Treating physicians should consider DDs when a focal or asymmetrical muscular involvement is observed. An asymmetrical affection at disease onset is typical for IBM, here especially the weakness of the finger flexors and the vasting of the proximal vastus lateralis muscles, while in ALS the weakness pattern is more generalized and fast progressing [4, 13]. The difference in HGS of both sides was greatest in our participants with IBM and ALS (60% and 73%, Table 3). In DM2, the proximal weakness e.g. for climbing a staircase is a clinical hallmark, especially if combined with myalgia and stiffness. Unexplained side-differences in HGS found during sarcopenia screening might give an indication of a different diagnose than sarcopenia. While the diagnosis of sarcopenia according EWGSOP2 requires values below specific thresholds, weakness or reduced muscular functionality in NMDs is more often determined by assessments based on the MRC-scale [1, 6, 8]. As the current sarcopenia screening algorithm do not include further assessment in case of an isolated or asymmetrical affection of certain muscle groups, additional examination methods should be considered. An examination by MRC-Scales would—combined with an evaluation of cranial nerves and reflexes—not only be able to detect an asymmetrical or isolated involvement of certain muscle groups, but also an affection of upper and lower motoneurons. If the assessment provides indications of an NMD, additional diagnostics – like CK determination, an electromyography, the evaluation of muscle tissue or genetic analysis – could be arranged.
Since elevated CK occurs inconsistent in the investigated NMDs (Table 3), the distinction power is rather limited [4, 7, 19]. However, lower to borderline CK levels are found commonly in older adults, possibly due to sarcopenia . Thus, a differentiation between sarcopenia and NMDs by CK levels might be possible.
The electromyography reveals signs of an active and chronic denervation in ALS, also in clinically not affected muscles . For the differential diagnosis of ALS, electromyography might be helpful besides CK measurement if the clinical syndrome is suggestive for a motoneuron disease.
In DM2, myotonia can be detected more securely by electromyography than by neuromuscular examinations. An electromyography also contributes to the diagnosis of IBM, however electromyography was removed from the current guidelines partially due to commonly found neurogenic patterns, leading to misdiagnoses of MNDs . Muscle biopsy contributes to ensure or exclude certain NMDs, as reflected in our histopathological findings (Fig. 1) [7, 15].
It should be noted, that no curative therapies are available yet for the investigated NMDs [8, 9, 11]. Nevertheless, a retrospective study by Miró et al.  showed muscular diseases in up to 35% of people aged 65 plus, who had a muscle biopsy due to weakness or an elevated CK. It remains unclear in how many patients classified as sarcopenic the diagnosis of a treatable muscular disease is missed.
In the additionally performed questionnaires, none of our participants achieved full scores. Interestingly, the DM2 patient showed the lowest IADL and the highest MNA®-Score, indicating a high impact of his disease on independence and a lower personal risk of malnutrition. If dysphagia is present, swallowing studies with the use of fiberoptic endoscopic evaluation of swallowing (FEES) for the differential diagnosis is warrant. He was overweight (all others underweight) according the age-adjusted BMI by Winter et. al . The more prevalent obesity in DM2 contrasts the cachexia that occurs in ALS and IBM within months or years due to their different neurogenic or inflammatory pathogenesis [4, 11, 18]. The correlation of a more severe decline of muscular strength with higher fat mass in DM2 coincides with observations of IADL-disability in obese sarcopenic patients [18, 29]. Thus, the overweight of our DM2 patient might contribute to his severe functional restrictions. Finally, malnutrition seems to play a role in sarcopenia and our investigated NMDs as well, as dysphagia is reported as a possible symptom [1, 6, 13, 26]. Malnutrition, or at least the risk of malnutrition, was assessed in all patients. Whether this fact contributes to the development of a sarcopenic phenotype in NMDs or is expression of a more severe and rapid muscular affection is unclear.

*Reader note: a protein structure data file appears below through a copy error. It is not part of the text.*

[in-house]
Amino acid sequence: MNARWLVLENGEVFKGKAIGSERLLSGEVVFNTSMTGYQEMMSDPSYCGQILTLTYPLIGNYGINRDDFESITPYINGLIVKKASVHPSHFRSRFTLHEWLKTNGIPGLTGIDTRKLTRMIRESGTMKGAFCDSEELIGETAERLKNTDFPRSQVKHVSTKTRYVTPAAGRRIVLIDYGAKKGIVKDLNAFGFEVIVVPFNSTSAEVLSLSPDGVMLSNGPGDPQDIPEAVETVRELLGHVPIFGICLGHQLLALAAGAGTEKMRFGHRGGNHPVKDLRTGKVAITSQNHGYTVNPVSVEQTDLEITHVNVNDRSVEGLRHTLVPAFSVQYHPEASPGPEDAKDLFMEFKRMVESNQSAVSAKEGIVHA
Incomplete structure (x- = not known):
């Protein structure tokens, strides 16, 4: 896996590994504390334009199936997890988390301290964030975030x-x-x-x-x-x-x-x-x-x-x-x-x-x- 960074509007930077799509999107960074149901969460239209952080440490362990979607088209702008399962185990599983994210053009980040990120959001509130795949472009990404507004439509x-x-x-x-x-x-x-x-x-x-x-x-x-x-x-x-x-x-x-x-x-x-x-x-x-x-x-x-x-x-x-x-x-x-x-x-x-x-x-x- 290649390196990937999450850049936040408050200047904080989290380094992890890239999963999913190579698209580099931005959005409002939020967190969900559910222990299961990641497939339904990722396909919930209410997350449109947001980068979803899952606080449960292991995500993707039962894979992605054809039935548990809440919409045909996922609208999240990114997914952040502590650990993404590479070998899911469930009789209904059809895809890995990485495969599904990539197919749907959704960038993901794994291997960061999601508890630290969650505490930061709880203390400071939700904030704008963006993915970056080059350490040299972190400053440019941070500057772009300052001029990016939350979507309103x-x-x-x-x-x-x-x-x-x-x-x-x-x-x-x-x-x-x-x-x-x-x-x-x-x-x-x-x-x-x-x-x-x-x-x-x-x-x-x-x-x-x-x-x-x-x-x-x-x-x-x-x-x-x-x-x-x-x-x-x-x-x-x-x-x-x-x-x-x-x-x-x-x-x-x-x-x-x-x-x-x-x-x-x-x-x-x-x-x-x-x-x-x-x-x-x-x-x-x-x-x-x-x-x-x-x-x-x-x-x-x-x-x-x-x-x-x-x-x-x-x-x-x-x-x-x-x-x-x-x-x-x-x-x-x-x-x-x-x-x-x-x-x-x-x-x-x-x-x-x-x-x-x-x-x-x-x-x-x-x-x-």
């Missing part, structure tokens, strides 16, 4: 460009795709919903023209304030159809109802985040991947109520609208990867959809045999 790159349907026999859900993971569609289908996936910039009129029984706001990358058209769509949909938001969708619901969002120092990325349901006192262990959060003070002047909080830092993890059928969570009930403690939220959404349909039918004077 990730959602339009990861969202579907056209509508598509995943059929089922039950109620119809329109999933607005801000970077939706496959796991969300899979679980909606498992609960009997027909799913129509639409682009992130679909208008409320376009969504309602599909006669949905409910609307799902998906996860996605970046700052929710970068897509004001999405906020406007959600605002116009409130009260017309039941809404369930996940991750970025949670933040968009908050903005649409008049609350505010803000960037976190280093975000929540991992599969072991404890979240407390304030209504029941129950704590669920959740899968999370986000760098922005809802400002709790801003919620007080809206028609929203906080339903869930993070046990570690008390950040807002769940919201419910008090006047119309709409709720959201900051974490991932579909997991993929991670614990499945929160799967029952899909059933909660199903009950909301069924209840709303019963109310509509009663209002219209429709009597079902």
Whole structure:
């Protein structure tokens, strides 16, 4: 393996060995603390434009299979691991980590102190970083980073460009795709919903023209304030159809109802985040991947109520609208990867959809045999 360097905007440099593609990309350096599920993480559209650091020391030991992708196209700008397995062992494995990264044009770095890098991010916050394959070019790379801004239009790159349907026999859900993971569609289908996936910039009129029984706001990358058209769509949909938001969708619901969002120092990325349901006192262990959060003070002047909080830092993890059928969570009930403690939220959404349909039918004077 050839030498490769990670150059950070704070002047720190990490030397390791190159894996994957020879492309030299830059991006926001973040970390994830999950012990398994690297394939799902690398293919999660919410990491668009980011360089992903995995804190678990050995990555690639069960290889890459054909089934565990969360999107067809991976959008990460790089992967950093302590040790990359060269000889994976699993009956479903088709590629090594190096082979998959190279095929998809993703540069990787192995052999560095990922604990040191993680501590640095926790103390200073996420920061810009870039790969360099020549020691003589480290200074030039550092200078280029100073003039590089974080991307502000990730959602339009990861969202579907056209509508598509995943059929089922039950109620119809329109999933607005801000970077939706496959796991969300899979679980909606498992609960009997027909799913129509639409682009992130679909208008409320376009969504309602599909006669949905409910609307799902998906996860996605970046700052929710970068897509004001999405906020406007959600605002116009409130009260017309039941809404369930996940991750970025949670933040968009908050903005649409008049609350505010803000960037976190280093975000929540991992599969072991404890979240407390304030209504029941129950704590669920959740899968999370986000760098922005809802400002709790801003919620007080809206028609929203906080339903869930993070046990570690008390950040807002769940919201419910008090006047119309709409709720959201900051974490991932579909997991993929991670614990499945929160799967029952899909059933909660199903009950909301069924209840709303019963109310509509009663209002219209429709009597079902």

Our data show that geriatric patients with specific NMDs may present with symptoms similar to sarcopenia. In patients with unexplained focal or asymmetrical reduced muscle strength and atrophy, assessment of MRC-scales and the examination of cranial nerves and muscular reflexes should be performed. If results of these examinations strengthen the suspicion of a NMD, CK measurement should follow. In patients with repeatedly elevated CK levels, which cannot be explained otherwise, an electromyography should be considered next. This may provide evidence of a NMD by showing myotonia, fasciculations or a neurogenic-/myopathic pattern. If the electromyography reveals no clear indications for a certain NMD, a diagnostic muscle biopsy should be taken into consideration. This may ensure the diagnosis of IBM, other muscular diseases or give hints for DM2. Finally, genetic work-up, including testing for the DM2 repeat expansion should be considered and a referral to a special neuromuscular centre is advised.
Availability of data and materials
All data generated or analysed during this study are included in this published article.
Myotonic dystrophy type 2
Revised El Escorial Criteria
European Neuromuscular Centre
European Working Group on Sarcopenia in Older People revised
Instrumental Activities of Daily Living
Mini Nutritional Assessment short form
Medical research council
Amyotrophic lateral sclerosis
Serum creatine kinase
Inclusion body myositis
Skeletal muscle mass index
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We want to thank all participating participants.
Open Access funding enabled and organized by Projekt DEAL. This study was supported by the EU project Keep Control, funded under the European Union’s Horizon 2020 research and innovation programmed under the Marie Skłodowska-Curie grant agreement No 721577. Funding was used for salary of F.T. and expendables.
Ethics approval and consent to participate
The study was approved by the Ethics Committee, which belongs to the medical faculty of LMU Munich (IRB-No. 328–15). All patients gave their consent to participate. All participants gave written informed consent before enrolment.
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Hofmeister, F., Baber, L., Ferrari, U. et al. Late-onset neuromuscular disorders in the differential diagnosis of sarcopenia. BMC Neurol 21, 241 (2021). https://doi.org/10.1186/s12883-021-02264-y
- Neuromuscular disease
- Amyotrophic lateral sclerosis
- Myotonic dystrophy type 2
- Inclusion body myositis